Dr Pepper collectibles & memorabilia
Dr Pepper is a soft drink invented in 1885 in Texas. Advertising memorabilia related to the brand is a popular area of collectibles.
Dr Pepper’s 1885 patent date makes it the oldest major soft drink in America, preceding Coca Cola by one year.
Dr Pepper was first marketed nationally across the United States from 1904, when it made its debut at the Louisiana Purchase Exposition as a new brand of soda pop made with 23 flavours.
It was first marketed, as many drinks of the early 20th century, as an energising brain tonic.
It spread to Europe, Asisa, Canada, Mexico, Australia, New Zealand, South Africa and South America.
Dr Peppers has had numerous advertising campaigns and numerous articles of merchandise that have contributed to its popularity amongst consumers and collectors over more than a century.
The first Dr Pepper logo, pre-1900s, advertised the beverage ‘Dr. Pepper’s Phos-Ferrates’, and the image indicated that the drink contained wheat and iron.
By the 1920s, the company moved to Dallas and the character ‘Old Doc’ was introduced to advertise the drink, prescribing the drink for an energy boost.
At around the same time, ‘Dr Pepper Time’ – at 10, 2 and 4 o clock as advised by Old Doc – was introduced in 1923. The 10-2-4 campaign had a clock face logo, and the slogan is the only one to have been used continuously over 5 decades. 10-2-4 Dr Pepper Time had its own radio program during World War II, in areas where the drink was served.
The 1970s ‘Be a Pepper’/ ‘I’m a Pepper’ – Drink Dr Pepper jingle was one of the most successful advertising campaigns. 1980s Out of the Ordinary campaign, in which a space cowboy and alien sidekick seek something different from generic cola, was also memorable. Products and advertising memorabilia with the various logos and slogans from these campaigns are popular with collectors.
In recent years, Dr Pepper adverts have reverted to some historic campaigns such as the ‘Dr Pepper: What’s the worst that can happen?’ advert. These celebrate the long history of Dr Pepper and its advertising, and encourages collecting interest in vintage Dr Pepper advertising memorabilia.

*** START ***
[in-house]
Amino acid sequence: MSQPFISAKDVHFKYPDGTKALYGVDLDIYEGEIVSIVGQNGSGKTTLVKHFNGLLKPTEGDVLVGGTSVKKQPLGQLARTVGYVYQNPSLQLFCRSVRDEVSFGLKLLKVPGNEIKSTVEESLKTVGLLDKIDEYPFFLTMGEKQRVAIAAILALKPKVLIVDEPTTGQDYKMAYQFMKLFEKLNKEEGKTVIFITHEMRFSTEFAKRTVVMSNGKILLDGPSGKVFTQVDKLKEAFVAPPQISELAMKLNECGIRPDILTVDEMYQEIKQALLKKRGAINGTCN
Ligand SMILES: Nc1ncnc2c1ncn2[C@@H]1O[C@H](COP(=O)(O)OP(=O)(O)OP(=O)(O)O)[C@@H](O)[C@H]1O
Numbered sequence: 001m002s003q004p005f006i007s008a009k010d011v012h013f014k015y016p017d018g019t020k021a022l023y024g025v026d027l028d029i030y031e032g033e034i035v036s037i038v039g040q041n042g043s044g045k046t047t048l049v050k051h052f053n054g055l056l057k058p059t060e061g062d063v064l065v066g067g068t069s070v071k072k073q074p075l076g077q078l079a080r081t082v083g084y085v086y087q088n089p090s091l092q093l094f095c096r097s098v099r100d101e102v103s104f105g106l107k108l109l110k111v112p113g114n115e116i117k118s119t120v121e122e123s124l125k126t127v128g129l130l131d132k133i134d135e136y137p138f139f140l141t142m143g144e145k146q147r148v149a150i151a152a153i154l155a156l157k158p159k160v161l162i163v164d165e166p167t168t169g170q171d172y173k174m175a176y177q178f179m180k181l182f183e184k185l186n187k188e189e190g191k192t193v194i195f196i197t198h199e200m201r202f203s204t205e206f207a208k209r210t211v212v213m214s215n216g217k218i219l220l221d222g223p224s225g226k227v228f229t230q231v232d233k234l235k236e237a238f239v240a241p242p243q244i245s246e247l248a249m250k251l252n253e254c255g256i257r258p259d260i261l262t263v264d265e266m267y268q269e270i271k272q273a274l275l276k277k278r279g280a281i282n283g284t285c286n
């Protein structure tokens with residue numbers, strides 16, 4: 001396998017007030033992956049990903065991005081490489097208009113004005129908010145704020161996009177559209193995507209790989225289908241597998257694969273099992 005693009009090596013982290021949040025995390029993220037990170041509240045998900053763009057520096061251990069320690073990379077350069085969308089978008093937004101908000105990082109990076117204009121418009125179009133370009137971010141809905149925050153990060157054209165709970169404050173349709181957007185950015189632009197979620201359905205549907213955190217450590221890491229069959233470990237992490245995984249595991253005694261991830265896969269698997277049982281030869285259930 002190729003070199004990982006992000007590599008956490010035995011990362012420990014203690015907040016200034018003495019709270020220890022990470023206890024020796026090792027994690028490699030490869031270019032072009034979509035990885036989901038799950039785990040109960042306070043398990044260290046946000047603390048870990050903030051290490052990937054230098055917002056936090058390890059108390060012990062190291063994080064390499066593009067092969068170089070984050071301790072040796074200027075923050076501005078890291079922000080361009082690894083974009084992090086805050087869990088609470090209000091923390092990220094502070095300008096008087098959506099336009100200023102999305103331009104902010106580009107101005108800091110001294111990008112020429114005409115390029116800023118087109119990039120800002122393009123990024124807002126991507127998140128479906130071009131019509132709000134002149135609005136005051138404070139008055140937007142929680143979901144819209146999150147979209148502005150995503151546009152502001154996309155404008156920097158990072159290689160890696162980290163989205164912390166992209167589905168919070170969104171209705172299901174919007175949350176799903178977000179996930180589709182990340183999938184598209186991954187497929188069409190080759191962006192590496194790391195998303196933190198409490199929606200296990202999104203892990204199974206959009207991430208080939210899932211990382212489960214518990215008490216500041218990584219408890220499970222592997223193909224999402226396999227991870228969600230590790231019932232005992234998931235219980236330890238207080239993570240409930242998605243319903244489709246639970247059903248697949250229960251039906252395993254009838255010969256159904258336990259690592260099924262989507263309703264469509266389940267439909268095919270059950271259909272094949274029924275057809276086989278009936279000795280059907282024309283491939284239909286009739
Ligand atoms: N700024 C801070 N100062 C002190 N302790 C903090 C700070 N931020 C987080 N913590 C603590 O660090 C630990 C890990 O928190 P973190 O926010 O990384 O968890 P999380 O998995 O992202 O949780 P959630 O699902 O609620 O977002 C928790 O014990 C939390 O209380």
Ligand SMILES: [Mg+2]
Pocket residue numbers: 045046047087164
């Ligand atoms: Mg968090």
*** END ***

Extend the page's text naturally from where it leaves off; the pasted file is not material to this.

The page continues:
Collectible items of Dr Pepper memorabilia
- Antique and vintage Dr Pepper advertising signs of porcelain, tin or cardboard from the late 19th century to the 1970s.
- Embossed glass bottles.
- Bottles retaining their original paper labels are very rare
- Vintage cans featuring historic Dr Pepper logos and slogans can fetch between $10 and $100 on eBay. On the 125th anniversary of Dr Pepper, a limited number of commemorative cans showcasing vintage advertising campaigns were released.
- Vintage and limited edition packaging.
- Merchandise such as clocks, trays, thermometers that read ‘Enjoy Dr Pepper hot or cold’, fountain dispensers, soda coolers, bottle openers, salt and pepper shakers etc.
Variants and other products
The Pepper Free variant, a non-caffeinated version of Dr Pepper, ran between 1982 and 1985 only, making advertising and products from this version quite rare. Various flavour variants have been introduced from 2004 onwards, some of them for a limited time.
Dr Pepper marketed a gum in the early/mid 1980s, but this was discontinued.
Dr Pepper logos and slogans have changed almost every decade, and these changes are well recorded. This makes it relatively easy to date Dr Pepper items and adverts. The Dr Pepper museum website has a useful guide to the changing logos and slogans, with examples.
You can find a great amount of Dr Pepper advertising memorabilia on internet auction sites such as eBay, as well as from second hand stores, flea markets etc.
There are many reproduction examples of vintage advertising, so be sure to check the authenticity of each antique or vintage item.
- 1900s Dr Pepper counter top syrup dispenser sold for $26,000 at Burley Auction Group in 2008
- Dr Pepper oval serving tray with lion illustration sold for $11,500 at Dan Morphy Auctions in 2011
- 1908 cardboard Dr Pepper advertising sign sold for $8,500 at Dan Morphy auctions in 2010
- Dr Pepper leaded glass desk lamp sold for $5,500 at Dan Morphy Auctions in 2011
- Dr Pepper vintage cooler sold for $3,750 at RM Auctions in 2007
- 1950s 10 cent Dr Pepper vending machine sold for $3,750 at Victorian Casino Antiques in 2011
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